While I was reading 'Marie Antoinette- The Journey' in the hot park I came across a nice sentence, describing the English's "complicated relationship with the French in which their yearning for the French way of life had to be accompanied by a paradoxical contempt for these frivolous people". I'm not saying this is my feeling (does sweating to death in the name of fashion count as frivolous?) and I'm Scottish anyway- but it did ring a bell with various things we have all said, usually late at night after a wine or two, that aren't completely complimentary about the native citizens of Paris. (What was it again, you'd wish they'd all go away and let us enjoy this country in peace? Something like that?! Wasn't me.)

I think the fact they don't let you sit on the grass in half of the parks is a pretty good reason to get annoyed. But apart from that Paris does do parks well. At Luxembourg I noticed they've added palm trees to the landscape, and other trees in perfect spheres in little painted wooden boxes. This makes me think that they actually did plant all the flowers overnight that time earlier in the year when I thought it was just a wonderful coincidence that they all grew and bloomed on the same day.

Last night Laura and I watched The Shining, and now horrific images of the old (dead, never mind old) mouldy lady keep coming back and making me nauseous. It was so much scarier this time, the second time I've seen it. Last time I must have either not been paying any attention, or my big magic memory rubber has erased it, as it was clearly a traumatic experience. But, now I'm ready for the Kubrick expo at Cinemateque Francaise, and if it's anything like the last one it'll be fab- it was about blondes and brunettes and the role of hair in films. They had a massive ponytail draped from the top of the building all the way to the entrance!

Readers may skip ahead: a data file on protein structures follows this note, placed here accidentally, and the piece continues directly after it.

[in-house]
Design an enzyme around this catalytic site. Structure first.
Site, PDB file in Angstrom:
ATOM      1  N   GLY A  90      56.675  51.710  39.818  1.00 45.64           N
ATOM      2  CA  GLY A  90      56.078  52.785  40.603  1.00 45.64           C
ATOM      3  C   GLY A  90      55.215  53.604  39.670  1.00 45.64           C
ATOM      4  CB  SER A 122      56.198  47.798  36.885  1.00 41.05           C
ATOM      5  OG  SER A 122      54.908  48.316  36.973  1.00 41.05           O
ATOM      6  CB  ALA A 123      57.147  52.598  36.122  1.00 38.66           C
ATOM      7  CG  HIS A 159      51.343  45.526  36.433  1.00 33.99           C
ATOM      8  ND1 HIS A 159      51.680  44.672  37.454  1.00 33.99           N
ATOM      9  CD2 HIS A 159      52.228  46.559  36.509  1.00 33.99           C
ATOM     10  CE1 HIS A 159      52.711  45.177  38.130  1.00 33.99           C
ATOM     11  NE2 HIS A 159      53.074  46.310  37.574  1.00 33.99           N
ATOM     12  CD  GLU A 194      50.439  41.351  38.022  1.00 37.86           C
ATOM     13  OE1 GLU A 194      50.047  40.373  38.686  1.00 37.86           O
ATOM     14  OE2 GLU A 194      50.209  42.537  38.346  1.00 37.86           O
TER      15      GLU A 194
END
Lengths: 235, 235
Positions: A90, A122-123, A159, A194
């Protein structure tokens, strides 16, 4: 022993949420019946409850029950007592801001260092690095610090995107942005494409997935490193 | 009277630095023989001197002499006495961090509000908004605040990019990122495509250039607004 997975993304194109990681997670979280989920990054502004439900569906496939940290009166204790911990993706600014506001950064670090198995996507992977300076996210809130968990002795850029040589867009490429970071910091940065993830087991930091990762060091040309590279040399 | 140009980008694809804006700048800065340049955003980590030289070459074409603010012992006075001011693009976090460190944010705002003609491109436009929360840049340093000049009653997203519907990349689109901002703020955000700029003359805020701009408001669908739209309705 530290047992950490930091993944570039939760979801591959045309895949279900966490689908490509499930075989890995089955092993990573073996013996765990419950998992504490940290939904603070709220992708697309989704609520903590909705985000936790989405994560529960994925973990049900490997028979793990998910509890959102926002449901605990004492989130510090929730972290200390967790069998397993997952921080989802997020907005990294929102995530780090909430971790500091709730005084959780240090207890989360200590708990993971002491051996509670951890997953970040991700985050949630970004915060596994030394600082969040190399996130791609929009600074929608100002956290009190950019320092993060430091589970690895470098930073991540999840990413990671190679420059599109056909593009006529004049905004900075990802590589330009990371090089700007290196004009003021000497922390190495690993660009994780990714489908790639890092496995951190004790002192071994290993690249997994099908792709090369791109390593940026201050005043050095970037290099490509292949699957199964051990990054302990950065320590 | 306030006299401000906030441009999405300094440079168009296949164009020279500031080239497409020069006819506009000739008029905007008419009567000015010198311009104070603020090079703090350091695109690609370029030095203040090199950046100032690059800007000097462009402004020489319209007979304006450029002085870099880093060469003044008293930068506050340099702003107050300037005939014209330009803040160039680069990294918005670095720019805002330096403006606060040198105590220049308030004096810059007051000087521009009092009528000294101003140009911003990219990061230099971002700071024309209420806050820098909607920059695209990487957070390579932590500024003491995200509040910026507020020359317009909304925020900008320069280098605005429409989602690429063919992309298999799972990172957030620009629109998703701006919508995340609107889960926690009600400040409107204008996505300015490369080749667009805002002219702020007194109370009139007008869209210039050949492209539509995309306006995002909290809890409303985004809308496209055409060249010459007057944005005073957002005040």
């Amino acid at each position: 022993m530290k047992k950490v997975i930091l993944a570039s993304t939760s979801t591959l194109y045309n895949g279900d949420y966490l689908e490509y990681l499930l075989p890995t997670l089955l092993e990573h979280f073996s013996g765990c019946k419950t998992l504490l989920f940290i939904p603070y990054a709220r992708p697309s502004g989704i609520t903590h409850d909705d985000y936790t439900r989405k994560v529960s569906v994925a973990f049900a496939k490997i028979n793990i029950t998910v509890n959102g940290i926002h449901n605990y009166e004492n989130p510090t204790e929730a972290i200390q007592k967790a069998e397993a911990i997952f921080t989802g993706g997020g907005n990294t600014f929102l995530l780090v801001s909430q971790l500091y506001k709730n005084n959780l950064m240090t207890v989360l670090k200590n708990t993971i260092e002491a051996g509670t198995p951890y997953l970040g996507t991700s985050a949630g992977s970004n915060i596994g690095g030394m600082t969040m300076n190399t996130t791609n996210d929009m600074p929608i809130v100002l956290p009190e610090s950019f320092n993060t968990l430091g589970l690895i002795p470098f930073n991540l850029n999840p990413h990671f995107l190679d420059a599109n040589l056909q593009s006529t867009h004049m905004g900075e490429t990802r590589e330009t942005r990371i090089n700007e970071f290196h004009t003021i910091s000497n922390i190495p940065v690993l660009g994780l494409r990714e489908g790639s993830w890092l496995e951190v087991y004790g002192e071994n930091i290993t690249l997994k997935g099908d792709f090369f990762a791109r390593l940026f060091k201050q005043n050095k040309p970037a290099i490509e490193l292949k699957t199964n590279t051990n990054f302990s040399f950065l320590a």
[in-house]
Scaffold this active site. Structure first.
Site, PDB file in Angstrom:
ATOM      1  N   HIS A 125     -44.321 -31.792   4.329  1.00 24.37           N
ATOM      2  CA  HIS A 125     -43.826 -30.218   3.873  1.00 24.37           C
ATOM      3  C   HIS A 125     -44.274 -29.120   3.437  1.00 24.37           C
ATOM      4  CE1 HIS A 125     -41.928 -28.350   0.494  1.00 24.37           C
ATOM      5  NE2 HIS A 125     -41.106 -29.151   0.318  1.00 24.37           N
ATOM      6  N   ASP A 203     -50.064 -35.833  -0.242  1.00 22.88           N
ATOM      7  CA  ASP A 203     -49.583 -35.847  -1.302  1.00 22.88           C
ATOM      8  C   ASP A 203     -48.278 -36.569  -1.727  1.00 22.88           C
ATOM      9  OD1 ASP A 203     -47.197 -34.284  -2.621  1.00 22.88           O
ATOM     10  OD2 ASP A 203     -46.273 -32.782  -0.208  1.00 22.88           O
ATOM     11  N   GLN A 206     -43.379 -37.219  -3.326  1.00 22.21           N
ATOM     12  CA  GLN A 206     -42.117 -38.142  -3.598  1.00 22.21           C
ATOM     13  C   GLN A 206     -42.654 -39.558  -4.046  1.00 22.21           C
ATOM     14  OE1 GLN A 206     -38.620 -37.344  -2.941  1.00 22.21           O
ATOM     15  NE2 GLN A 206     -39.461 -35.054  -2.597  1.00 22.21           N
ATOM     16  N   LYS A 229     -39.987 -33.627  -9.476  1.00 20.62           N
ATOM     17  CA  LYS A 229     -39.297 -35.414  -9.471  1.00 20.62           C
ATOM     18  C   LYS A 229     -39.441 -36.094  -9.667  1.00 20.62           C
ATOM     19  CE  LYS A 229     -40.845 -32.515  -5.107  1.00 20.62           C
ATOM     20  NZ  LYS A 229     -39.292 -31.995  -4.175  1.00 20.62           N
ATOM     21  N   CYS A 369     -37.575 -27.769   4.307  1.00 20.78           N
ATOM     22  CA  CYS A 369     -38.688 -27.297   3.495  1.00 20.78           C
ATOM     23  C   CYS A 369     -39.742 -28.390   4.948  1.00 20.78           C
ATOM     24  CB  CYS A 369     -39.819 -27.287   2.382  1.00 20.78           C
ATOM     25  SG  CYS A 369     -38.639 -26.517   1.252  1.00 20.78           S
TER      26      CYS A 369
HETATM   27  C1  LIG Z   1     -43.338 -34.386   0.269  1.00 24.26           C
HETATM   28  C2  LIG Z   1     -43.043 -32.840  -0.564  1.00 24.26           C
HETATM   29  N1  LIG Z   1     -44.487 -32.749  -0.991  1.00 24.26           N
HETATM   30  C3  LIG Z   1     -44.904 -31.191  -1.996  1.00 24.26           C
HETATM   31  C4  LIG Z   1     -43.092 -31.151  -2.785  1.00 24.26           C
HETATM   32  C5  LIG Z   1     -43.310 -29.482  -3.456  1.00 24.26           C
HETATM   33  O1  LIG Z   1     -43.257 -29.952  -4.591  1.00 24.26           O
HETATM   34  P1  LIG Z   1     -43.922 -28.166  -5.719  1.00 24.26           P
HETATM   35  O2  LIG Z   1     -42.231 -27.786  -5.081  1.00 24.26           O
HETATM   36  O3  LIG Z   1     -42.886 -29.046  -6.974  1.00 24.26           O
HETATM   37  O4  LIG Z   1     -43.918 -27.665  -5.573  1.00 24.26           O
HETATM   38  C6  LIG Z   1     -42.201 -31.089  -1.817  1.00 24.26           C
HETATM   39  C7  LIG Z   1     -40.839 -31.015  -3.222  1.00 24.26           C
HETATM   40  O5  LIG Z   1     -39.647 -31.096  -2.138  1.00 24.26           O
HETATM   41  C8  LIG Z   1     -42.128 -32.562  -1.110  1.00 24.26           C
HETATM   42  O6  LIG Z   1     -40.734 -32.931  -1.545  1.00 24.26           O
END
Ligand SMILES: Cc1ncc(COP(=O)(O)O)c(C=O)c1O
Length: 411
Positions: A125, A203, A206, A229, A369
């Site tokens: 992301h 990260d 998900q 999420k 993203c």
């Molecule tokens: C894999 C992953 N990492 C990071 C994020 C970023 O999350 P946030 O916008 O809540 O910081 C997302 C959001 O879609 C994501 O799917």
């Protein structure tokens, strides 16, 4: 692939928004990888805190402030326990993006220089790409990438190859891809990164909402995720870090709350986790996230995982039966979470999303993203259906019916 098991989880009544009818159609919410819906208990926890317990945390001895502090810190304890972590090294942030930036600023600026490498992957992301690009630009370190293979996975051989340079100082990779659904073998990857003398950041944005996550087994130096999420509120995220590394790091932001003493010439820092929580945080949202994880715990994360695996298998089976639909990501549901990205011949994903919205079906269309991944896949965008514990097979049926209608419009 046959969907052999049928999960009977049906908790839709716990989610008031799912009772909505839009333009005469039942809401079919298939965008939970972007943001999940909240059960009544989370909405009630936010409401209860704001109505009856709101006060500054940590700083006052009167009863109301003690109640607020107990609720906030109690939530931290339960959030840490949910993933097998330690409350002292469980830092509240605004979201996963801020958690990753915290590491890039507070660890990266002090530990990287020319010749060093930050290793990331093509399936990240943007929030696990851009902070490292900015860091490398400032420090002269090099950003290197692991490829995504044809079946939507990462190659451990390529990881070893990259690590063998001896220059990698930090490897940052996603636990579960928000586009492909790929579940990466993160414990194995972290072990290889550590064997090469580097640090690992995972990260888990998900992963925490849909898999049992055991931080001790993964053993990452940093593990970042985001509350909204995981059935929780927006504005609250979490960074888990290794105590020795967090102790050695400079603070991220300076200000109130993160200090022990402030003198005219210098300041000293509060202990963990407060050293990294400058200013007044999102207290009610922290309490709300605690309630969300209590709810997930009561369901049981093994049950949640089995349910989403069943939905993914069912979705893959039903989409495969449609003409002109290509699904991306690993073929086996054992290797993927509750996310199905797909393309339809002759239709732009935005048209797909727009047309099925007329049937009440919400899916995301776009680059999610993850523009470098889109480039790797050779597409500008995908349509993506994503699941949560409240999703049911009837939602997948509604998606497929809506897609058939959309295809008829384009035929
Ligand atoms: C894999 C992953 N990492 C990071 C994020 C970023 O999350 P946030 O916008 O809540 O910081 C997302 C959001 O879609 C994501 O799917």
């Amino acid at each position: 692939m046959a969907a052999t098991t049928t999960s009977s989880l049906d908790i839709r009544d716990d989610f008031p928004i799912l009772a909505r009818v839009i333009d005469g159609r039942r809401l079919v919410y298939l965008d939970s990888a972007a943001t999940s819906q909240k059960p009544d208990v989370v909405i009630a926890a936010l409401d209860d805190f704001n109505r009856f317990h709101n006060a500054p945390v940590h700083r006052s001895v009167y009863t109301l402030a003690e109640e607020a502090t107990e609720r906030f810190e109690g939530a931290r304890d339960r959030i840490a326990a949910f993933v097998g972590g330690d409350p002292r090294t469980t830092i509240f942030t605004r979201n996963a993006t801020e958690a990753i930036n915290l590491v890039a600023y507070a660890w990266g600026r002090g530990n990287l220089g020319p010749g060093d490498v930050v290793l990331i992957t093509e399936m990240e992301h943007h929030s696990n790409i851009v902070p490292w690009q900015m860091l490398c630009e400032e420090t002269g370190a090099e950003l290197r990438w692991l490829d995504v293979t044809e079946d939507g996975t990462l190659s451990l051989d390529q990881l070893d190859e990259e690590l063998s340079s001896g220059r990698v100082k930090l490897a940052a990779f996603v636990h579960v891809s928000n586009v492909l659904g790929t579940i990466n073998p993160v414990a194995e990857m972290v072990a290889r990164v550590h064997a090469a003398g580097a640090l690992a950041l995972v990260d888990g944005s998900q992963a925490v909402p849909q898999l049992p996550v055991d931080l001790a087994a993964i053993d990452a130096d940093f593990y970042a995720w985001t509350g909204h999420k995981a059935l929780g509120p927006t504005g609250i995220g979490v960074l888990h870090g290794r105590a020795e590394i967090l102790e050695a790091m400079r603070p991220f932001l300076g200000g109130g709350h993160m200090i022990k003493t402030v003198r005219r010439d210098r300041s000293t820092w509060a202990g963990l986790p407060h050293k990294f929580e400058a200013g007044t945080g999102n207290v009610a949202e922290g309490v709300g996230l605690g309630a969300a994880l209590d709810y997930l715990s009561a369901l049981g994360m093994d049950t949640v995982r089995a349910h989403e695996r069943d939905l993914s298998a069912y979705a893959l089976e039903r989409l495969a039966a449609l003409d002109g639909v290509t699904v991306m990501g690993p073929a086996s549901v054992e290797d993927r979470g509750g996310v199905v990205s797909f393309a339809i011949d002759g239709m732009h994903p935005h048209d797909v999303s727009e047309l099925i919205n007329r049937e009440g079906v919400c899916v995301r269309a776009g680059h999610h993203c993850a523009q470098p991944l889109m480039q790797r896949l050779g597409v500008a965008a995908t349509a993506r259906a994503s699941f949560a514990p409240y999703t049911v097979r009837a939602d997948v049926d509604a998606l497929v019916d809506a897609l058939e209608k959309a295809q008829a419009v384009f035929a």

Trying my best not to dread working tomorrow and Sunday, even as I read a group facebook message chatting about where to sunbathe and swim and drink in the 26 degree sun tomorrow... Why did I think it'd be ok to take a job where my days off are different to the rest of the world? I spend way too much time on my own these days. And seeing as the worst insult I could think of while a friend was hacking someone's facebook was "smells of poo", too much time with children as well.

A family has just moved into the flat underneath the ones I work for, and they had this amazing ladder-pulley-machine that they put all the boxes off the van and the furniture on and towed them right up to their third-floor windows! Very exciting and clever. They had to cut down half a tree to get the machine into the courtyard though, which was less clever, and a bit noisy.

I have been trying to send speculative job applications off, but am still being thwarted by Paypal who are now refusing to believe I'm me and won't until I answer my home phone number, in Redpath, where I'm not going to be until July. Hmm. And my internet isn't working. I have spent a lot of time in Wos bar this week, so I'll just leave it for today and see if it works long enough to send emails, and in fact upload blog posts, tomorrow.

Wednesday, May 4, 2011

Pub wifi is the least productive wifi.

But at least it gets me out of the house. I just dislike staying at work any longer than I have to, especially if I have to wait to use the computer until after they've finished browsing beautiful Parisien apartments for Mamie, which is slightly sickening. Imagine ever having that much money! So I'm at Wos, again, thinking that because I did two TEFL grammar quizzes I have now earned the right to day-dream all over the internet with a half pint, and maybe some crisps. It's the weekend for goodness sake, let's go wild. My weekend will be totally non-existent and at the same time it'll drag- I'm working both days. Booo. But I'm off tomorrow and Friday, and unlike the past two mornings I'm going to go and do stuff. To be fair to myself I have finished my CV and written a pretty good cover letter, but when I was about to finish the job and send it to LingoBongo (who will hopefully send it to all language schools in Marid like they promised, and not just take my 10 euros and spend it on beers) I realised I don't have 10 euros to pay them with.
Ach well. That's depressing.

There are loads of exhibitions to see, so I shall do them, if I can be bothered and if they're free. Laura's coming at midday for lunch, so at least that ensures I'll get up!